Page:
Suggested revisions to Michigan’s cannabis caregiver rules spark protest

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Bethan Rose Jenkins, Cannabis News Writer/Editorial

A number of cannabis-focused bills recently introduced in the Michigan Legislature – all of which have been widely supported by large-scale cannabis businesses – have been confronted with opposition from irate medical cannabis patients who want to protect the caregiver system from being dabbled with.

Michigan’s revised cannabis legislation is reportedly designed to tackle the state’s illicit cannabis market. Major industry players look set to hit loggerheads with medical cannabis patients and grassroots activists as a direct effect of the proposed caregiver rules. 

Lobbyists have contested against the amended regulations which, they say, are not sufficient to ensure market stability. Additionally, medical cannabis patients believe that the existing program functions perfectly as it is and that the proposed rules merely represent an effort to increase market share.

The trio of bills, which were revealed on September 14, seek to reduce the number of permitted patients per medical cannabis caregiver from five to one. 

What’s more, the bills would reduce the amount of medical cannabis that caregivers can possess at any given time from 15 to five ounces, as well as restrict each caregiver to growing one plant per patient (no more than 12 patients) and 12 for personal caregiver use.

Michigan’s cannabis bills have received support and opposition

One of the most prominent supporters of Michigan’s cannabis caregiver-focused bills was the Michigan Cannabis Manufacturers Association (MCMA). The educational organization prides itself on being a national leader in safe and high-quality cannabis. Members of the MCMA have already invested more than $1 billion into the state’s growing cannabis market.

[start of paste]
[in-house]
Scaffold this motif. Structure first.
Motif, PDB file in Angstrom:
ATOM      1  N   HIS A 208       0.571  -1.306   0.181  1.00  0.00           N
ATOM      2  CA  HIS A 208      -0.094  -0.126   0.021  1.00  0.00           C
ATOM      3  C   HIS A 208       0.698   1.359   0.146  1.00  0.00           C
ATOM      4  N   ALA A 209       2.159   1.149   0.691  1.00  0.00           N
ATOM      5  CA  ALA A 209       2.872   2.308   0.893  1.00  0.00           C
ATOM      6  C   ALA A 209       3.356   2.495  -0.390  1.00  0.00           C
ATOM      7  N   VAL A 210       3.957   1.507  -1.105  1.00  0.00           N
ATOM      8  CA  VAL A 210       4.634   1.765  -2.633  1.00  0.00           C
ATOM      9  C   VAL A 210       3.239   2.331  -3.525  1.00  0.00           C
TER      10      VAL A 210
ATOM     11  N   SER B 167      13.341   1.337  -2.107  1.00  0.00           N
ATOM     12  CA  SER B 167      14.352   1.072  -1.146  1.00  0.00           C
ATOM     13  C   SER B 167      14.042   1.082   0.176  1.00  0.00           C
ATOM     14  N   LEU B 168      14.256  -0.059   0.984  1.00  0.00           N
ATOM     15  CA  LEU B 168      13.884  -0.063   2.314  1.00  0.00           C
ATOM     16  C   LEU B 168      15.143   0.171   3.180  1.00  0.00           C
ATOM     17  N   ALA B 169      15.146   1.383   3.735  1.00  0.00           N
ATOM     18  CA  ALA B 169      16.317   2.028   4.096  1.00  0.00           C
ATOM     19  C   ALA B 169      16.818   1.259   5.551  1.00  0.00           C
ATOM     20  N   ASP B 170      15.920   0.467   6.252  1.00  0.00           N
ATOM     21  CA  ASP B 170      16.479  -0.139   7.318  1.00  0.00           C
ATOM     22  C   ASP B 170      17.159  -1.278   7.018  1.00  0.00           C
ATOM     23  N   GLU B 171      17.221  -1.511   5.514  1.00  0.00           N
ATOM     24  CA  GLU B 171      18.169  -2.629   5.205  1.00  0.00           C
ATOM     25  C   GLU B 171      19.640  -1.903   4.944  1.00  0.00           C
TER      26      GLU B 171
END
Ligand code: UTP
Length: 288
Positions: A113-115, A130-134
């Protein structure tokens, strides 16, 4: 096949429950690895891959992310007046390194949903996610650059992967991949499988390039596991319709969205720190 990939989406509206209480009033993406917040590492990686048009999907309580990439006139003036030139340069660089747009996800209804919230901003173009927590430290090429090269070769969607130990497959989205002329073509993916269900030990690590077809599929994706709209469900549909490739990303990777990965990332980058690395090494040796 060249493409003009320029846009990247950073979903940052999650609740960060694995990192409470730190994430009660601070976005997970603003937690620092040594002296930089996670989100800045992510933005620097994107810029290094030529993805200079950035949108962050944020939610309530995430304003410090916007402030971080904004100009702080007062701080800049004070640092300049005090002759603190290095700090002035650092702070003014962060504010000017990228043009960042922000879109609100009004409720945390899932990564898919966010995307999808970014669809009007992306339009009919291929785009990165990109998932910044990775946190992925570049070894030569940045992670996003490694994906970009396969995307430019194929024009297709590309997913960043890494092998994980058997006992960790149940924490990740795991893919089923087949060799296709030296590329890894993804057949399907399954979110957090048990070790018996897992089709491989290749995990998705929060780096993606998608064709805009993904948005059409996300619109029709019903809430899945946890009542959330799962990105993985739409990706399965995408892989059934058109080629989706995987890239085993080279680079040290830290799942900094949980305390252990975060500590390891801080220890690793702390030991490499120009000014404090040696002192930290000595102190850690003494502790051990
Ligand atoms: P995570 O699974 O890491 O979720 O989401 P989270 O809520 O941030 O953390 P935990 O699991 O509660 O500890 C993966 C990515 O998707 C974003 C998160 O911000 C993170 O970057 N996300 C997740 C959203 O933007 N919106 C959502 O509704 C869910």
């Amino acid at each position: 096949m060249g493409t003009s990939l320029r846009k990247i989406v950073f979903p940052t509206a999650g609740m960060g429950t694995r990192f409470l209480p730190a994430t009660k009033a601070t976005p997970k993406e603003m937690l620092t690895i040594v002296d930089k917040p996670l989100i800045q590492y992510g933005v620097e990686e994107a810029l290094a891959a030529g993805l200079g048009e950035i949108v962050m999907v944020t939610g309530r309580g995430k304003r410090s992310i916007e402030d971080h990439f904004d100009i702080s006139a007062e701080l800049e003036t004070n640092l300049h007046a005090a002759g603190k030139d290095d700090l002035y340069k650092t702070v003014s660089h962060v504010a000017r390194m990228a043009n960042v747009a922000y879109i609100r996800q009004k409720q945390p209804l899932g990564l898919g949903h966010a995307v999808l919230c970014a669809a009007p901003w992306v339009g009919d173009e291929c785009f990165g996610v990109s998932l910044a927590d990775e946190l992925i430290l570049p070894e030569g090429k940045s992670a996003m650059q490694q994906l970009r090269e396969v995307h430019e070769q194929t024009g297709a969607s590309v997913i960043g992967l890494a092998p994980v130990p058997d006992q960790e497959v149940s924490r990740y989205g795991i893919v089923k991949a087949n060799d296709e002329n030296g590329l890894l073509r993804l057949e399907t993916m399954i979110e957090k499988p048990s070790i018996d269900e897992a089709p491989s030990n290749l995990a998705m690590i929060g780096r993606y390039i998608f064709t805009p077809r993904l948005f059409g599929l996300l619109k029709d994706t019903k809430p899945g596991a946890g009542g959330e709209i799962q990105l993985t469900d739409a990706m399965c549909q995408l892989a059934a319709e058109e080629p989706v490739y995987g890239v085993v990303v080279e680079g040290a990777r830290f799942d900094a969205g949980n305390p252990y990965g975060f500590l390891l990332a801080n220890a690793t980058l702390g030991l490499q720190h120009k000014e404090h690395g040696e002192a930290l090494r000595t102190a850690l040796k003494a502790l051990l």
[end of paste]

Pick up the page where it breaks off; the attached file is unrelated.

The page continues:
However, the bill has also received plenty of opposition. Examples of some opponents Include hordes of protestors who appeared at the state capitol, Michigan Caregivers United, the Michigan division of NORML and a handful of the state’s legacy medical cannabis companies. Additionally, one Democratic state lawmaker from Detroit is believed to have protested against the bill.

It remains uncertain as to whether or not the cannabis-focused bills will be adopted into law.

About Michigan’s medical cannabis law

In November 2018, Michigan voters unanimously approved the Michigan Regulation and Taxation of Marihuana Act (MRTMA), which legalized the consumption of cannabis for adults 21 and above. As a direct effect of this, Michigan became the first state in the Midwest to allow the sale and use of medical and recreational cannabis.

Based on the state’s medical cannabis law, the plant is still listed as a Schedule I controlled substance. However, adults can possess a maximum of 2.5 ounces of cannabis and up to 15 grams of cannabis in concentrated form. Within a private residence, adults can possess up to 10 ounces of cannabis, as well as any cannabis that has been produced by cannabis grown on their premises.

Adults who possess more than 2.5 ounces of cannabis within a residence must conceal it in a secure container. Fines and confiscation applies for first-time offenders. Possession exceeding the aforementioned amount is deemed a misdemeanor. Moreover, possession in or within 1,000 feet of a park is deemed to be a felony or a misdemeanor, contingent on the judge’s discretion. Punishment is served in the form of two years behind bars and a maximum fine of $2,000.